What are fibroids?
Fibroids are tough balls of muscle that form in the uterus. The uterus, also called the womb, is the part of the woman's body that holds a baby if she is pregnant.
People sometimes refer to fibroids as "tumors." But fibroids are not a form of cancer. They are simply abnormal growths in the muscle of the uterus.
What are the symptoms of fibroids?
Fibroids often cause no symptoms at all. When they do cause symptoms, they can cause:
- Heavy periods
- Pain, pressure, or a feeling of "fullness" in the belly
- The need to urinate often
- Too few bowel movements (constipation)
- Difficulty getting pregnant
How are fibroids treated?
There are several treatment options. Each option has its own pros and cons. The right treatment for you will depend on:
- The symptoms you have
- Your age (because most fibroids shrink or stop causing symptoms after menopause)
- Whether you are done having children
- Whether your fibroids cause so much bleeding that you have a condition called anemia
- The size, number, and location of your fibroids
- How you feel about the risks and benefits of the different options
If you are thinking about treatment, ask your doctor or nurse which treatments might help you. Then ask what the risks and benefits of those options are. Ask, too, what happens if you do not have treatment. And be sure to mention whether or not you would like to have children.
Here are the options:
Medicines – The pills, patches, vaginal rings, injections, and implants used for birth control can all reduce how much you bleed during your period. A device known as the intrauterine device, or IUD, can also make your periods lighter. There are also other medicines that can reduce the amount a woman bleeds during her period. If bleeding is your main symptom, birth control methods or medicines might help you.
Surgery to remove the fibroids (doctors call this surgery "myomectomy") – During this operation, the doctor removes the fibroids but leaves the uterus in place. It is effective, but it is not always a permanent fix, because fibroids can come back. Myomectomy is often a good choice for women who might want (more) children.
Treatment to destroy the lining of the uterus (doctors call this procedure "endometrial ablation") – During this procedure, the doctor inserts a thin tube into the vagina, through the cervix and into the uterus. Then he or she uses tools inserted through that tube to destroy the lining of the uterus. This procedure reduces bleeding from heavy periods. But it is not an option for all women. It is also not appropriate for women who might want to get pregnant.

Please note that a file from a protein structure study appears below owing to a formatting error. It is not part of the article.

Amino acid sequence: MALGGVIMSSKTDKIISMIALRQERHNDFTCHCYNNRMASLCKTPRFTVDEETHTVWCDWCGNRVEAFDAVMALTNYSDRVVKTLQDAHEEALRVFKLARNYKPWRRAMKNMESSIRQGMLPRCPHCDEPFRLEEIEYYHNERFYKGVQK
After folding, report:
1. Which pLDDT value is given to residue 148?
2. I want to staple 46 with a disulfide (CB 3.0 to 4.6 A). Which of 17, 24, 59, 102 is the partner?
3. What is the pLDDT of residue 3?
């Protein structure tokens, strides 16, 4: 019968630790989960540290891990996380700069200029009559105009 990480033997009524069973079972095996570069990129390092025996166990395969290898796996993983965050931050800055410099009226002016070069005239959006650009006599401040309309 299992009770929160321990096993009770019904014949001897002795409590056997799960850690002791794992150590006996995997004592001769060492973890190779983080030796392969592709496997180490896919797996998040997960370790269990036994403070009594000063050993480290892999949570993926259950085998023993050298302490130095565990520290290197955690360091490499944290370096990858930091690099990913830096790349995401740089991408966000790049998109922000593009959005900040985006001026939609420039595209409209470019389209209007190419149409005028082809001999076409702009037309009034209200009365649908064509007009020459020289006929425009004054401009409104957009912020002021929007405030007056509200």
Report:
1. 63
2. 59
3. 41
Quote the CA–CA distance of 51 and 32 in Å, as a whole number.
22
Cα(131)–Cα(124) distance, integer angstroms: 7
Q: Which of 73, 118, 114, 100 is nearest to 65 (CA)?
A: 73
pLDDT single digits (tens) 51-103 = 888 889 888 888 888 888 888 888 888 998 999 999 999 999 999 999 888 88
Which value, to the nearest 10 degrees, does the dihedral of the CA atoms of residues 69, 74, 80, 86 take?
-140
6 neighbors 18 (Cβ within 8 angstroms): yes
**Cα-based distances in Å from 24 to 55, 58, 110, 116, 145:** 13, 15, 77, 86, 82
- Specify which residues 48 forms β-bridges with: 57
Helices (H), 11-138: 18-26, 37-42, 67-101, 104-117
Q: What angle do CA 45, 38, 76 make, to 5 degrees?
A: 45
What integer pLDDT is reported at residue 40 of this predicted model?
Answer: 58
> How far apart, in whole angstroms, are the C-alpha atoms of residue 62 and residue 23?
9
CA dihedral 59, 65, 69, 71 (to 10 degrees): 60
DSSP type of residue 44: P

Treatment to cut off the blood supply to the fibroids (doctors call this procedure "uterine artery embolization" or "uterine fibroid embolization") – During this procedure, the doctor inserts a thin tube into an artery in the leg and threads it up to the uterus. Then he or she uses tiny plastic beads to block the artery that brings blood to the fibroid. After the procedure, the fibroid no longer gets blood, so it shrinks. This procedure is not appropriate for women who might want to get pregnant.
Surgery to remove the uterus (doctors call this surgery "hysterectomy") – This surgery gets rid of fibroids and the problems they cause forever. Women who have this surgery cannot have fibroids come back. But they can never bear children.
How do I choose which option is right for me?
You work with your doctor to understand how the different treatment options would affect you. Then the two of you work together to choose the option that's right for you. For women who might still want to have children, medicines or myomectomy is often the best choice. Women who do not want to have (more) children can often choose from all the options. They need to consider how invasive each surgery is and whether they prefer surgery over taking medicines. One thing to consider is that fibroid-related symptoms often go away with menopause.